ArticleThe crust and upper mantle structure of central and West Antarctica from Bayesian inversion of Rayleigh Wave and receiver functions(John Wiley & Sons, 2018-09-22) Shen, Weisen ; Wiens, Douglas A. ; Anandakrishnan, Sridhar ; Aster, Richard C. ; Gerstoft, Peter ; Bromirski, Peter D. ; Hansen, Samantha E. ; Dalziel, Ian W. D. ; Heeszel, David S. ; Huerta, Audrey D. ; Nyblade, Andrew A. ; Stephen, Ralph A. ; Wilson, Terry J. ; Winberry, J. PaulWe construct a new seismic model for central and West Antarctica by jointly inverting Rayleigh wave phase and group velocities along with P wave receiver functions. Ambient noise tomography exploiting data from more than 200 seismic stations deployed over the past 18 years is used to construct Rayleigh wave phase and group velocity dispersion maps. Comparison between the ambient noise phase velocity maps with those constructed using teleseismic earthquakes confirms the accuracy of both results. These maps, together with P receiver function waveforms, are used to construct a new 3‐D shear velocity (Vs) model for the crust and uppermost mantle using a Bayesian Monte Carlo algorithm. The new 3‐D seismic model shows the dichotomy of the tectonically active West Antarctica (WANT) and the stable and ancient East Antarctica (EANT). In WANT, the model exhibits a slow uppermost mantle along the Transantarctic Mountains (TAMs) front, interpreted as the thermal effect from Cenozoic rifting. Beneath the southern TAMs, the slow uppermost mantle extends horizontally beneath the traditionally recognized EANT, hypothesized to be associated with lithospheric delamination. Thin crust and lithosphere observed along the Amundsen Sea coast and extending into the interior suggest involvement of these areas in Cenozoic rifting. EANT, with its relatively thick and cold crust and lithosphere marked by high Vs, displays a slower Vs anomaly beneath the Gamburtsev Subglacial Mountains in the uppermost mantle, which we hypothesize may be the signature of a compositionally anomalous body, perhaps remnant from a continental collision.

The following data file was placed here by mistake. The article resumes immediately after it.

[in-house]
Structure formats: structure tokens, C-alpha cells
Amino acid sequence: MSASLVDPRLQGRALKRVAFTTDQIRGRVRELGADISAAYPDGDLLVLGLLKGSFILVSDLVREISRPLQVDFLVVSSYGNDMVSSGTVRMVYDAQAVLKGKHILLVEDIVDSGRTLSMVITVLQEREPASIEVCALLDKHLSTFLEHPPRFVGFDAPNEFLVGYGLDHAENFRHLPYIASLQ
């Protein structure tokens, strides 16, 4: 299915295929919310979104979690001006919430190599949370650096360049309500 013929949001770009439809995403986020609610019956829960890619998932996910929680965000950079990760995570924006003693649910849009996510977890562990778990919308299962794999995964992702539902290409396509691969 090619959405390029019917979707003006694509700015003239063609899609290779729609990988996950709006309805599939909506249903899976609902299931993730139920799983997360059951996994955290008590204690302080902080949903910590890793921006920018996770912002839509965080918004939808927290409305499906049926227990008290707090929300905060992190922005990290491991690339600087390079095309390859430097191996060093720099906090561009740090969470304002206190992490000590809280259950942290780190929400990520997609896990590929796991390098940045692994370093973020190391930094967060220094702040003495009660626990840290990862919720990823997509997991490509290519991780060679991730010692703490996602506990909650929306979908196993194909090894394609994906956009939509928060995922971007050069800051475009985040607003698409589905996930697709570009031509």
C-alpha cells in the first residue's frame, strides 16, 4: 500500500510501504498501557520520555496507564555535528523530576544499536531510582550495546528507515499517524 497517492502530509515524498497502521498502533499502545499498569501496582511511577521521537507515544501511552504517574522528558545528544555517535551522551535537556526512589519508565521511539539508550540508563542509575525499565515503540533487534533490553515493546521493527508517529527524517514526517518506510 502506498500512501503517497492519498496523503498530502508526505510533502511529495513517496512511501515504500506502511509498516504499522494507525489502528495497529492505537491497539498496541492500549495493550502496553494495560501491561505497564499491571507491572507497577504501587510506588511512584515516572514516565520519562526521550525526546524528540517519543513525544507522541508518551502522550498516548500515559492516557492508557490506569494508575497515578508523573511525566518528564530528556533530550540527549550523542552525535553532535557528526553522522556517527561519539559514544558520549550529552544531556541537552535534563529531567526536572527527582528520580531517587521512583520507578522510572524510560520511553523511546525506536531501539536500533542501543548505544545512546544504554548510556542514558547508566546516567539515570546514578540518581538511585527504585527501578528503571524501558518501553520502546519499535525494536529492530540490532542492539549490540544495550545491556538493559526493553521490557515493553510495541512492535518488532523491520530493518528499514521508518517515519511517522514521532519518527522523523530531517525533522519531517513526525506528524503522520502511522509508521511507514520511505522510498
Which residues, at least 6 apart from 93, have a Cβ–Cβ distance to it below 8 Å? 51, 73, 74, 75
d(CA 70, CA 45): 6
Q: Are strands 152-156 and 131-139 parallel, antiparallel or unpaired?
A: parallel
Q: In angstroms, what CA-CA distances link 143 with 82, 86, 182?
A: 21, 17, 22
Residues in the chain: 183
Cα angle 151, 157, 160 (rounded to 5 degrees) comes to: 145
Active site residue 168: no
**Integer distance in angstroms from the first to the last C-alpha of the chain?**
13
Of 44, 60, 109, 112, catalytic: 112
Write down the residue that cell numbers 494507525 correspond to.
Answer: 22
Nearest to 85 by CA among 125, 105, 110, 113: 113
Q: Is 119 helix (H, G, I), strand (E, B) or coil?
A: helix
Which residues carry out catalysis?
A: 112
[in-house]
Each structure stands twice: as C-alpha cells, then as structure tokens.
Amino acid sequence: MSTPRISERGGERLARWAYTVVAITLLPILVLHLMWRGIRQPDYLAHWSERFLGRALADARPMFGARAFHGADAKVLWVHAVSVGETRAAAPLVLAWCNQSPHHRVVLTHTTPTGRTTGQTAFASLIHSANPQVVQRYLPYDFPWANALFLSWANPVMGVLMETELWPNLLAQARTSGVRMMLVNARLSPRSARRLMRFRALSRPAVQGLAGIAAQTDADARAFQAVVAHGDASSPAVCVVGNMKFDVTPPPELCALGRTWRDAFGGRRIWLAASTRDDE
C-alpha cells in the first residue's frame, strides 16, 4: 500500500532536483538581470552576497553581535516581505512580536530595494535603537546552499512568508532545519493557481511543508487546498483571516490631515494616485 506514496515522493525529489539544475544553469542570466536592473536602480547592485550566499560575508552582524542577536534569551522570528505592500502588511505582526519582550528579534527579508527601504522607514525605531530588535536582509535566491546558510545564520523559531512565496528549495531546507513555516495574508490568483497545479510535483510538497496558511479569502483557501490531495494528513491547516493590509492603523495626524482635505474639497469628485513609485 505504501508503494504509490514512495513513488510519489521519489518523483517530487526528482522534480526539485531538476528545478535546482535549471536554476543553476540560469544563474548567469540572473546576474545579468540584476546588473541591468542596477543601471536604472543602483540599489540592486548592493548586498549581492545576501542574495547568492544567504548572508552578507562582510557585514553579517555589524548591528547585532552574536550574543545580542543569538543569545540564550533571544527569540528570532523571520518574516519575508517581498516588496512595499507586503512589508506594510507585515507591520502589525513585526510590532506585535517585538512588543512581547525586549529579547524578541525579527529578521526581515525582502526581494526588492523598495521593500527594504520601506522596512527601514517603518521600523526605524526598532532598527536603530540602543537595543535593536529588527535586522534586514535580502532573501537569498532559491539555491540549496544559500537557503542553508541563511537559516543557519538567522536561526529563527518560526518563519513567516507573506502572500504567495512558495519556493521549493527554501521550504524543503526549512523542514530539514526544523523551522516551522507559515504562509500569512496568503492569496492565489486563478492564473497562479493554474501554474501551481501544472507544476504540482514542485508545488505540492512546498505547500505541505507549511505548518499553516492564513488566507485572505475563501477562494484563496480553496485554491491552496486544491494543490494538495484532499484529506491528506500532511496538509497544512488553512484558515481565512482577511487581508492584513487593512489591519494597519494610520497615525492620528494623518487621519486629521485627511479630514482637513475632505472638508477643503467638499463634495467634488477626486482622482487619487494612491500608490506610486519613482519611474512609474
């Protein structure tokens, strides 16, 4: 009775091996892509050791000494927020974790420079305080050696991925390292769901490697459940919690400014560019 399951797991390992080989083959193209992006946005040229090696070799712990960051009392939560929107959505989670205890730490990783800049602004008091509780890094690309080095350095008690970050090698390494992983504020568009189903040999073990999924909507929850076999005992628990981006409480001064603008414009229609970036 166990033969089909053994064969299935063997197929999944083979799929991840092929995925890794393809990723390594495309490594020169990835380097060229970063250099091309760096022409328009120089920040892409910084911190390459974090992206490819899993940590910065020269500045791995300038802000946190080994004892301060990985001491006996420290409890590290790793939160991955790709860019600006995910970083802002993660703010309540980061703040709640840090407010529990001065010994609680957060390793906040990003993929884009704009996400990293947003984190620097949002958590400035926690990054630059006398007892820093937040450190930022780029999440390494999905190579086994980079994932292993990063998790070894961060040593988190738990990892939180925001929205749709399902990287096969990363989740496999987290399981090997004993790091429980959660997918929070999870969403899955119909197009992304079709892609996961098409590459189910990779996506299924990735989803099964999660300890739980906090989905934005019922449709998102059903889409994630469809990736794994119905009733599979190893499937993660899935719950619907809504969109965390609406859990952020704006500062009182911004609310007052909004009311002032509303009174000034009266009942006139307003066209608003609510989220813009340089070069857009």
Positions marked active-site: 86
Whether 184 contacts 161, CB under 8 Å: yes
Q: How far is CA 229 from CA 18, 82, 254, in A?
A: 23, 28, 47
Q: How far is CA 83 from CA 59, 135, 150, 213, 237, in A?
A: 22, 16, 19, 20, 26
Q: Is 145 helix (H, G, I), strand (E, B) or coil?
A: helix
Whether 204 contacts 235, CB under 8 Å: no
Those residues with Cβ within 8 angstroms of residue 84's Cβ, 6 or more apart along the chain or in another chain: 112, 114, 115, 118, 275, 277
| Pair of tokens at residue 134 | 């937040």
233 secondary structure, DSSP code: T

ArticleNear-surface seismic anisotropy in Antarctic glacial snow and ice revealed by high-frequency ambient noise(Cambridge University Press, 2022-12-19) Chaput, Julien ; Aster, Rick ; Karplus, Marianne ; Nakata, Nori ; Gerstoft, Peter ; Bromirski, Peter D. ; Nyblade, Andrews A. ; Stephen, Ralph A. ; Wiens, Douglas A.Ambient seismic recordings taken at broad locations across Ross Ice Shelf and a dense array near West Antarctic Ice Sheet (WAIS) Divide, Antarctica, show pervasive temporally variable resonance peaks associated with trapped seismic waves in near-surface firn layers. These resonance peaks feature splitting on the horizontal components, here interpreted as frequency-dependent anisotropy in the firn and underlying ice due to several overlapping mechanisms driven by ice flow. Frequency peak splitting magnitudes and fast/slow axes were systematically estimated at single stations using a novel algorithm and compared with good agreement with active source anisotropy measurements at WAIS Divide determined via active sources recorded on a 1 km circular array. The approach was further applied to the broad Ross Ice Shelf (RIS) array, where anisotropy axes were directly compared with visible surface features and ice shelf flow lines. The near-surface firn, depicted by anisotropy above 30 Hz, was shown to exhibit a novel plastic stretching mechanism of anisotropy, whereby the fast direction in snow aligns with accelerating ice shelf flow.